• One or more studies with severe limitations
D Very Low Any estimate of effect is very uncertain.
  • Expert opinion
  • No direct research evidence
  • One or more studies with very severe limitations

GRADE (Grading of Recommendations Assessment, Development and Evaluation) Working Group 2011 (modified by the EBM Guidelines Editorial Team).

Clinical Algorithm(s)

None provided

Evidence Supporting the Recommendations

References Supporting the Recommendations
Type of Evidence Supporting the Recommendations

Concise summaries of scientific evidence attached to the individual guidelines are the unique feature of the Evidence-Based Medicine Guidelines. The evidence summaries allow the clinician to judge how well-founded the treatment recommendations are. The type of supporting evidence is identified and graded for select recommendations (see the "Major Recommendations" field).

Benefits/Harms of Implementing the Guideline Recommendations

Potential Benefits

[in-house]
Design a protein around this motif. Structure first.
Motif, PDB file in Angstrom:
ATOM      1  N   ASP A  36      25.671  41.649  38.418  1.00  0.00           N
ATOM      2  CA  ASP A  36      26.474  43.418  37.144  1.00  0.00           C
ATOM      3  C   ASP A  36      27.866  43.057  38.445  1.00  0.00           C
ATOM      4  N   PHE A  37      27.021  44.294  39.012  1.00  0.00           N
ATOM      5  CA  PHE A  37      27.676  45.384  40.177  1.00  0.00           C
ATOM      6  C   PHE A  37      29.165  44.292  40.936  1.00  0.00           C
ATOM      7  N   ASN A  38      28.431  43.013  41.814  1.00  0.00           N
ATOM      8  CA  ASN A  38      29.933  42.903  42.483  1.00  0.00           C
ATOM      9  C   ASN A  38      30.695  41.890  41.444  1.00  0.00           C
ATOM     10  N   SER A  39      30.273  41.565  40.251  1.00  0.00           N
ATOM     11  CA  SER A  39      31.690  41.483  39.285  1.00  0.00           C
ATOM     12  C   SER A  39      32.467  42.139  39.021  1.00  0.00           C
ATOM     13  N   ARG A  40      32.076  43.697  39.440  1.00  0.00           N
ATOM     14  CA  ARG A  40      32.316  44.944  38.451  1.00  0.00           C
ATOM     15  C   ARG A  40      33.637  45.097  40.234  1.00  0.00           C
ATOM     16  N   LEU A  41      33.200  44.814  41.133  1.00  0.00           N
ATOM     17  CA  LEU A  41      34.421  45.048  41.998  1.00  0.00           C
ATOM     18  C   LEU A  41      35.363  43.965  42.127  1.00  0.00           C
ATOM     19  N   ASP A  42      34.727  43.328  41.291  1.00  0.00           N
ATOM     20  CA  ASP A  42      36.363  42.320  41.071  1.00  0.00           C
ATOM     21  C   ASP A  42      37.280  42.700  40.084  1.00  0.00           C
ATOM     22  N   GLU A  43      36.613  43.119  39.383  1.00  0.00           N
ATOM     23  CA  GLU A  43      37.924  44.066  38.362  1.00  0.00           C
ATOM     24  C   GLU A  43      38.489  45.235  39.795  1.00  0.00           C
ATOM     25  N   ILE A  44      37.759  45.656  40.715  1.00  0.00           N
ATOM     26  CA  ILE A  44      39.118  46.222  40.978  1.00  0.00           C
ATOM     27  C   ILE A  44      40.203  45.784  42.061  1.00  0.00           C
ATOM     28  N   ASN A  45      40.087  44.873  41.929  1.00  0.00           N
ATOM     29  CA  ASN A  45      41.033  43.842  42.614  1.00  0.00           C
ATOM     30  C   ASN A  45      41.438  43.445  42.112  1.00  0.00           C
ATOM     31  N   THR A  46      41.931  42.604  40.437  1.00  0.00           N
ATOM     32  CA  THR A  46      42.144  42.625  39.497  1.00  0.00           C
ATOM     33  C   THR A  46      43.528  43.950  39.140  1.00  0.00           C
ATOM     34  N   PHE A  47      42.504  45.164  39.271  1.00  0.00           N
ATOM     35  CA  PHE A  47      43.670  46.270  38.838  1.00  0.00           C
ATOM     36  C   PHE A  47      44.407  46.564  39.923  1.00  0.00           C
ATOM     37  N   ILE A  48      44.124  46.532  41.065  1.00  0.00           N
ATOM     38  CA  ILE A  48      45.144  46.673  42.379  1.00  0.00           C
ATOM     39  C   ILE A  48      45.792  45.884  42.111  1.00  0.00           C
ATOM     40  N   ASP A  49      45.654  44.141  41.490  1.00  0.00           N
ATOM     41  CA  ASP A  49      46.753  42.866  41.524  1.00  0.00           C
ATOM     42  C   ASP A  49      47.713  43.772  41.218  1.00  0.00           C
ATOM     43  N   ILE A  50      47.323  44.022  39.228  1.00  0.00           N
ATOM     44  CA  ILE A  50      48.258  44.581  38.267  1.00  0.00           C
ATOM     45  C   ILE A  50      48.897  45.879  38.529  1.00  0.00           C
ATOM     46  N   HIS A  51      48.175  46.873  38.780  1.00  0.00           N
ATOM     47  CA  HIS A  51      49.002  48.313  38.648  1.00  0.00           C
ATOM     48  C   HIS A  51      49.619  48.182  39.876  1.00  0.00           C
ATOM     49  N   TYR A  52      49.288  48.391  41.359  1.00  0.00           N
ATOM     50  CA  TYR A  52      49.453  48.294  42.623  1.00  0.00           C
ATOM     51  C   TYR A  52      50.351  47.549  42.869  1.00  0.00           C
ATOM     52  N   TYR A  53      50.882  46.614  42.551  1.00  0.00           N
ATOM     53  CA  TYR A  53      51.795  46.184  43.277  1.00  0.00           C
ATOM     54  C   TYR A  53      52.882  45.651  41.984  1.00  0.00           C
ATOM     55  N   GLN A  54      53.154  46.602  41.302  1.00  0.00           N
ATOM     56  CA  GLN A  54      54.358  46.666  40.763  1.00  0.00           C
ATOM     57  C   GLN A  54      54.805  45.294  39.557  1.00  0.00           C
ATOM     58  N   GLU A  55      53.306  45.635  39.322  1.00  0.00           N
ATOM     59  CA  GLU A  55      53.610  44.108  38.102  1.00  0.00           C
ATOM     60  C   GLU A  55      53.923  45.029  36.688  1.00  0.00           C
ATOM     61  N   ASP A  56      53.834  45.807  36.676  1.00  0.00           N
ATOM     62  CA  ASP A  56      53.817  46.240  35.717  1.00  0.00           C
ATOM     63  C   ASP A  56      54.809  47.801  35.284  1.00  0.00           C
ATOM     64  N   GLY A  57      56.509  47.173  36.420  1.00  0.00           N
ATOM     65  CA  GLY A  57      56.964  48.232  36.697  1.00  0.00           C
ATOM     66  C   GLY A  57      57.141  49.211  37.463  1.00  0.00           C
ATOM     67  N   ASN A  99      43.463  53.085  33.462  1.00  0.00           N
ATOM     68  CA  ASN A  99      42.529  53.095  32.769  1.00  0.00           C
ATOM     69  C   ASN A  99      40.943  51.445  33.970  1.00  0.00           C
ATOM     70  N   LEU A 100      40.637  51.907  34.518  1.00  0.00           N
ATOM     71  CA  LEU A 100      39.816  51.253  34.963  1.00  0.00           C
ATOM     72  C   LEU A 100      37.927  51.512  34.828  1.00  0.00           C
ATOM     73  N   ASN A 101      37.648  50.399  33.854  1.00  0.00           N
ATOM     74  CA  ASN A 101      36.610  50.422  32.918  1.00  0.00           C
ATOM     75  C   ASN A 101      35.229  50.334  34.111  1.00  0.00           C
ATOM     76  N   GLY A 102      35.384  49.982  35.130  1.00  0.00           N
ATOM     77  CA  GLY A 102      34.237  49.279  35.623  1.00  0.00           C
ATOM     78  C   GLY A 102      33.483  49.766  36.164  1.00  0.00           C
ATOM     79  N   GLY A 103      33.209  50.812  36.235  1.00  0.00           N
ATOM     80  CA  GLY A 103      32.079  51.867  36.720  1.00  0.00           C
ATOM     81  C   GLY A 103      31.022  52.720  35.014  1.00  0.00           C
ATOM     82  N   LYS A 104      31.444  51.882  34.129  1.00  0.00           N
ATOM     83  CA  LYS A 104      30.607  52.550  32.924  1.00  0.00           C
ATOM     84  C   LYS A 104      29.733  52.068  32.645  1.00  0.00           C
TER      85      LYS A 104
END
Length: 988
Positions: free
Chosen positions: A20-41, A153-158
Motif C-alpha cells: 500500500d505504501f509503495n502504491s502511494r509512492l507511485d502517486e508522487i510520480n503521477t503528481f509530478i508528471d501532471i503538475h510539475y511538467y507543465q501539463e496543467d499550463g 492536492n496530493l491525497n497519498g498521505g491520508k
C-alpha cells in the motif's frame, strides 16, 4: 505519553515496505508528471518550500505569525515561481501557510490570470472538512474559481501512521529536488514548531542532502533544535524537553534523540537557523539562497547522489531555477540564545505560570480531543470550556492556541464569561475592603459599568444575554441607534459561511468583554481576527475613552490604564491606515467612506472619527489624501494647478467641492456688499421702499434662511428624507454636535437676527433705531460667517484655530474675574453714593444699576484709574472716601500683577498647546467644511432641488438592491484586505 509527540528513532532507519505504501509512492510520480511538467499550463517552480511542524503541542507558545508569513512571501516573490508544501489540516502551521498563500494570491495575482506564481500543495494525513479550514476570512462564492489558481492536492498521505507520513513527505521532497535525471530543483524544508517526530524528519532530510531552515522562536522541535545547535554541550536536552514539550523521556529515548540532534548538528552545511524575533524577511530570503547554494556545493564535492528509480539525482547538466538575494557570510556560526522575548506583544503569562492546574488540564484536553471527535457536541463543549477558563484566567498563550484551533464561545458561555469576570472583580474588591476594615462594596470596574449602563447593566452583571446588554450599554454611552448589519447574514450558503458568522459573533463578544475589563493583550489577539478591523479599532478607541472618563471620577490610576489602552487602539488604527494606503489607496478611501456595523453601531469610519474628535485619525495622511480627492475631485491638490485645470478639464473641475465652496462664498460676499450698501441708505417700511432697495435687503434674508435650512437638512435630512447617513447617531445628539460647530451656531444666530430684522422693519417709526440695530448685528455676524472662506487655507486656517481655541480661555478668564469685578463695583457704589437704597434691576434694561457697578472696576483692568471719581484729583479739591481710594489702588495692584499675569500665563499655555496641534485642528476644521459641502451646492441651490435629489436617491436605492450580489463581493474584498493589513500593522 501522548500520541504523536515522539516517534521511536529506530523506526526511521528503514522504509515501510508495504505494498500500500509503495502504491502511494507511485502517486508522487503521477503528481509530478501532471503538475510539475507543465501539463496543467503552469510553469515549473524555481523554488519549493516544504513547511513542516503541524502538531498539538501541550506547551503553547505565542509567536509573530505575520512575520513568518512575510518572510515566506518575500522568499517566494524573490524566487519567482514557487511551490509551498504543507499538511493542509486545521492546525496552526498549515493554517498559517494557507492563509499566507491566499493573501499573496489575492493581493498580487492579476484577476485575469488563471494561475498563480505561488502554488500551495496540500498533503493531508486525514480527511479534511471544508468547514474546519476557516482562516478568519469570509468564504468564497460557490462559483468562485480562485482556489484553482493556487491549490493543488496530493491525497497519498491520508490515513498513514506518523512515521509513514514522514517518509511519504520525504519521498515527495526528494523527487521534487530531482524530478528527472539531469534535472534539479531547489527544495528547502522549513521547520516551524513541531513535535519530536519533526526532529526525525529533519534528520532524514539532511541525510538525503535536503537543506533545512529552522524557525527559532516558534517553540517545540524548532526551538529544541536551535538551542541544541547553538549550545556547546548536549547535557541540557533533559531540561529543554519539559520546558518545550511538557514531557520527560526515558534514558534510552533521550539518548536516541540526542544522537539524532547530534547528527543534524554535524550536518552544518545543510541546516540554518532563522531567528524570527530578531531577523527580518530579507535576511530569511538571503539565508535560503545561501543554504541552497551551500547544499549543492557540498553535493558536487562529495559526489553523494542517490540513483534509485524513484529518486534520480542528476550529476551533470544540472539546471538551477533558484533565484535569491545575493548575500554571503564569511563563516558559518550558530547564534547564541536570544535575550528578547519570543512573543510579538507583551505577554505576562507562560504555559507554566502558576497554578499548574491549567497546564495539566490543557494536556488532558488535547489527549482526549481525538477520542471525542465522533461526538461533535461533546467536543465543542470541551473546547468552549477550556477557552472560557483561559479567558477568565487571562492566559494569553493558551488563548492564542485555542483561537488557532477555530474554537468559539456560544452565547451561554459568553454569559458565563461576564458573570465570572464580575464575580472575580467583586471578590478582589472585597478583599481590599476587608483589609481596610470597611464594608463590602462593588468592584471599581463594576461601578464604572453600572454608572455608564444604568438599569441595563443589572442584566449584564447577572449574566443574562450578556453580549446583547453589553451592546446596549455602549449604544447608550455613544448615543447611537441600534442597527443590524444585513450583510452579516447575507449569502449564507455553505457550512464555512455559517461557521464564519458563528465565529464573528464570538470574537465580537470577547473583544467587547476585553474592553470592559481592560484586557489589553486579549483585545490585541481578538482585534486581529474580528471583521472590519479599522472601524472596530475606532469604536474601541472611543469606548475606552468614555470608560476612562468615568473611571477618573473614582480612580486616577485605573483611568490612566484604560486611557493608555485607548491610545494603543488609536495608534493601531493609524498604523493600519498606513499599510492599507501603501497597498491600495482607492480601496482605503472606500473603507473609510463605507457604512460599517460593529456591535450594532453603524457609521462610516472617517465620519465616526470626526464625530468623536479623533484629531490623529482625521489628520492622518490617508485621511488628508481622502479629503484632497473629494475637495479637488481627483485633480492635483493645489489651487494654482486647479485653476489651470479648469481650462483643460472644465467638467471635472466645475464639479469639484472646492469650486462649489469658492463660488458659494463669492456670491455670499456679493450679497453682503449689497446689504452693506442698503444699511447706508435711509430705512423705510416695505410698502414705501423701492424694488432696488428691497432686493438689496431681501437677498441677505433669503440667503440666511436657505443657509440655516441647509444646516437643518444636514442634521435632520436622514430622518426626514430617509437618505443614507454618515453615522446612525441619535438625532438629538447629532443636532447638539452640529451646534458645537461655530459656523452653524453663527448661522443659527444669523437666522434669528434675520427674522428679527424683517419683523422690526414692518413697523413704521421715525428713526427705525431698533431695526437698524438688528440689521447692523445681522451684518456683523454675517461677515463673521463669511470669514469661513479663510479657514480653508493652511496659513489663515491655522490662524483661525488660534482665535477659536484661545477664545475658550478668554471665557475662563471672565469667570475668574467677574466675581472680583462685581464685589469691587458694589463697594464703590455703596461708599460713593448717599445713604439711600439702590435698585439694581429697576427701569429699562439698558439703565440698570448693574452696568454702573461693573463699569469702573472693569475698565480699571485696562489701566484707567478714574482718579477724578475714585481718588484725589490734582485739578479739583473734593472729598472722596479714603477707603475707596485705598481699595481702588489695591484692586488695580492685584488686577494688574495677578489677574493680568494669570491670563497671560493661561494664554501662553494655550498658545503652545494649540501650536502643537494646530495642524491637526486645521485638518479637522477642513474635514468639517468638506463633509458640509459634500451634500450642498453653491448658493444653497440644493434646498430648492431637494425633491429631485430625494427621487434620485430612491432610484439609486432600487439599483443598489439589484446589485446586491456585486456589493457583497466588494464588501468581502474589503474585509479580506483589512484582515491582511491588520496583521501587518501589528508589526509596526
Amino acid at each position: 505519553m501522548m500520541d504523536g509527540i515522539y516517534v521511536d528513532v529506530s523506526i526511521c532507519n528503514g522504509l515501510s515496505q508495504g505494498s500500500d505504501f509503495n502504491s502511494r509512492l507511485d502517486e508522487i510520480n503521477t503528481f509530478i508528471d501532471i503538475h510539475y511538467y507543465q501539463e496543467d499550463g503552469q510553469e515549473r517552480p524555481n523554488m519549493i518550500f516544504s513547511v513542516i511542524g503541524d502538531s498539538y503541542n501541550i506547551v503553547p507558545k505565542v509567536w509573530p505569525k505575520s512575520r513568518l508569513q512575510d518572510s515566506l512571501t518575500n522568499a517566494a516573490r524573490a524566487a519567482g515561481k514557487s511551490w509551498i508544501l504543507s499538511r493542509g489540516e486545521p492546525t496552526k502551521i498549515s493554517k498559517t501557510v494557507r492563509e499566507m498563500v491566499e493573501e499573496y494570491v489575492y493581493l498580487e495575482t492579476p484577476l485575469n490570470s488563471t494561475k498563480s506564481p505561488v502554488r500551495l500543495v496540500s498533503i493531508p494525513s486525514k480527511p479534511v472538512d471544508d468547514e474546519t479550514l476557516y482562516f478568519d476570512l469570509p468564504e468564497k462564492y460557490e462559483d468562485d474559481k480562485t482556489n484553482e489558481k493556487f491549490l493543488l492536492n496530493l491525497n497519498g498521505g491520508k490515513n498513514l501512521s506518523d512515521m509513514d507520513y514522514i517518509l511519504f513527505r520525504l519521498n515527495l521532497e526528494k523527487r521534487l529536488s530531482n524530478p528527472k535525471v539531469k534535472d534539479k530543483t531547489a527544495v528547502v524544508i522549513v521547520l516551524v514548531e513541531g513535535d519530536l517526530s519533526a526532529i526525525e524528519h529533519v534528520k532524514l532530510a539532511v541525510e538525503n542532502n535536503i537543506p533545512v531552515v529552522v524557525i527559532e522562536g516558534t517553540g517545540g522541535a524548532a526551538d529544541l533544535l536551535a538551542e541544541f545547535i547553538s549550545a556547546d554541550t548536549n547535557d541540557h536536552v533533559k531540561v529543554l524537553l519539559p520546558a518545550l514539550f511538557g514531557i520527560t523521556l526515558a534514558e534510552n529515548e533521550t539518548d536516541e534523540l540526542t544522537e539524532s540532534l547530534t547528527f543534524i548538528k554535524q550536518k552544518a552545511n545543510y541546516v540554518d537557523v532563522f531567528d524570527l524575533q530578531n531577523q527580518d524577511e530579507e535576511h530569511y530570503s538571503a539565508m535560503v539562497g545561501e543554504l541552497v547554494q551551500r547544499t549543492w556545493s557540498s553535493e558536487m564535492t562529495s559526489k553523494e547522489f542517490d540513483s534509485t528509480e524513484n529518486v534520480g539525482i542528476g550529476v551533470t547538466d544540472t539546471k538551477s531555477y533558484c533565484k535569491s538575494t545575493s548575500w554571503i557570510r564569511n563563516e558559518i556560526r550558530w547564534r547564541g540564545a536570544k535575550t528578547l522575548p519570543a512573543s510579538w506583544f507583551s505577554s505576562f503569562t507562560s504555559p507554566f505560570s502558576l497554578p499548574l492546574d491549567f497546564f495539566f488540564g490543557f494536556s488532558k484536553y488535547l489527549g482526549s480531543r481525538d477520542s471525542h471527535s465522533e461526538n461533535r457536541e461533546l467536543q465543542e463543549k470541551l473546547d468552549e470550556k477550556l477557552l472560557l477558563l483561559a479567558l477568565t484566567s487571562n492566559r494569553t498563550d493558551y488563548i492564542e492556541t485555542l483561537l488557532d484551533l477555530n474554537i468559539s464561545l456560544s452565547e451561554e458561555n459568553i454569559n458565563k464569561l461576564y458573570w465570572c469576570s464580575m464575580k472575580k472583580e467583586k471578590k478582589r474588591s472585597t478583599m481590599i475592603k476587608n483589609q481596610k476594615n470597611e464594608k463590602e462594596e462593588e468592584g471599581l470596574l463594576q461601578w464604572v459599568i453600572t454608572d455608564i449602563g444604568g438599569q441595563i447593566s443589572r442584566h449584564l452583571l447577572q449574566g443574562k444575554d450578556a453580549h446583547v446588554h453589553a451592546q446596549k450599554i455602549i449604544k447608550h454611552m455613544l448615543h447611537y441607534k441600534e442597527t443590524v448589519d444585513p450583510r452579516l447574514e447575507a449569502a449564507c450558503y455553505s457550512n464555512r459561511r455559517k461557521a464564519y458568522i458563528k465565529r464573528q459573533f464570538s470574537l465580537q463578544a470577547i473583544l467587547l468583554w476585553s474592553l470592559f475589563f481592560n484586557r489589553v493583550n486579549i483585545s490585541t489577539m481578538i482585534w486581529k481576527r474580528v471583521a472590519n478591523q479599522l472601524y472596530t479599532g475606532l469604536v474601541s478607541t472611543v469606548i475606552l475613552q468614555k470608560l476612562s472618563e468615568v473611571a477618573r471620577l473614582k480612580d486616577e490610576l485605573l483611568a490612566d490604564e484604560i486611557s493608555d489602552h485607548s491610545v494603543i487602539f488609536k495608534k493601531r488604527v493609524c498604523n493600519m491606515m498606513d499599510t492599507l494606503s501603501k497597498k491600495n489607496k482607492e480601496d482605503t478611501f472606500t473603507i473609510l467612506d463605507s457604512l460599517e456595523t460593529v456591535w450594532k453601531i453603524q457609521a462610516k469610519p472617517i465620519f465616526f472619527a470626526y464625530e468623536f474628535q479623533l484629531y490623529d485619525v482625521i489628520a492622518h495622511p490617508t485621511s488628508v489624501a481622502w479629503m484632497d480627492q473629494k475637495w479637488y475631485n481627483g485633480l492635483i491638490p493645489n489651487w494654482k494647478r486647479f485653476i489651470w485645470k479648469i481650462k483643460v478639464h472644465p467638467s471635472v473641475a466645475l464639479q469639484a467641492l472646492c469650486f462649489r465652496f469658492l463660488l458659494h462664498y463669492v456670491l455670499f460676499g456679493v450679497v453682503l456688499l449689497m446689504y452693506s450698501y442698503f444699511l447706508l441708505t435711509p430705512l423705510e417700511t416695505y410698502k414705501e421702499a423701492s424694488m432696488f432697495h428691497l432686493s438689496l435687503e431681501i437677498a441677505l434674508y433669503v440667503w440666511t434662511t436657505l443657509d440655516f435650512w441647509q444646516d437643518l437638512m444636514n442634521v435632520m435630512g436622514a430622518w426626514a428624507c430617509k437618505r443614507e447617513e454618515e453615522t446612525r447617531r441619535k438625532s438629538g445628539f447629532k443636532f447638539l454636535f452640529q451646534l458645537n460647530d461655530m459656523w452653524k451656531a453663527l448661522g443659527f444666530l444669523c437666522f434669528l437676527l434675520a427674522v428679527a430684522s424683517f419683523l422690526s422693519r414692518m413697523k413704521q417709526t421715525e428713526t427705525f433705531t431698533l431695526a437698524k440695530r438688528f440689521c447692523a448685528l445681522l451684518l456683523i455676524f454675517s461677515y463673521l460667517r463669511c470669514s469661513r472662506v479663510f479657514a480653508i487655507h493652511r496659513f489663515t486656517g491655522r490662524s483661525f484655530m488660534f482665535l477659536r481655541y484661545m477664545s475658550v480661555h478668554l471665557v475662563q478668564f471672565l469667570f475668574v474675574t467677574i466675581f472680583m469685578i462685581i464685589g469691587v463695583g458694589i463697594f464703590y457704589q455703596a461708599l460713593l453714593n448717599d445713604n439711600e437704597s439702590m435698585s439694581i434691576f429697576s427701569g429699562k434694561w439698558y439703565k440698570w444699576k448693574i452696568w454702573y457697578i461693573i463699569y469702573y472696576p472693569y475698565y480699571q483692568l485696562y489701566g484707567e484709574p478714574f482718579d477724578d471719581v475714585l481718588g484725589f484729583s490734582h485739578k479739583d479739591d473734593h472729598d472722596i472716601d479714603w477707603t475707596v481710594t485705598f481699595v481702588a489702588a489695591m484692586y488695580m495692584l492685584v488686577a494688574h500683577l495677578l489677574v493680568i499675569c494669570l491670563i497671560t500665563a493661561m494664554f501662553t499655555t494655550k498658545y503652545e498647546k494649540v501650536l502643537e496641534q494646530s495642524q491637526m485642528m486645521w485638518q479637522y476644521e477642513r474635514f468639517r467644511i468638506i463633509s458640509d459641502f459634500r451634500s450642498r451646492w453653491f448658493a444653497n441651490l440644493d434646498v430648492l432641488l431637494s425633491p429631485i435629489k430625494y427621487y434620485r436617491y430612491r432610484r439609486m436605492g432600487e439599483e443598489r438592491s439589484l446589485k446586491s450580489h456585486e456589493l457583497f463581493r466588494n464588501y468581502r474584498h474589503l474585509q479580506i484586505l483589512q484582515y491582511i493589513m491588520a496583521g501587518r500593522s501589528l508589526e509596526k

Appropriate identification, diagnosis, and treatment of the patient with chlamydial urethritis and cervicitis may help avoid the serious complications of prolonged or recurrent infection (e.g., pelvic inflammatory disease, infertility, ectopic pregnancy) as well as prevent the spread of infection.

Potential Harms

Adverse effects of medications: Some 10% of patients get mild gastric side effects from azithromycin and tetracyclines.

Implementation of the Guideline

Description of Implementation Strategy

An implementation strategy was not provided.

Institute of Medicine (IOM) National Healthcare Quality Report Categories

IOM Care Need
Getting Better
Staying Healthy
IOM Domain
Effectiveness

Identifying Information and Availability

Bibliographic Source(s)
Finnish Medical Society Duodecim. Chlamydial urethritis and cervicitis. In: EBM Guidelines. Evidence-Based Medicine [internet]. Helsinki, Finland: Wiley Interscience. John Wiley & Sons; 2011 Oct 31 [Various].
Adaptation

Not applicable: The guideline was not adapted from another source.

Date Released
2001 Jun 5 (revised 2011 Oct 31)
Guideline Developer(s)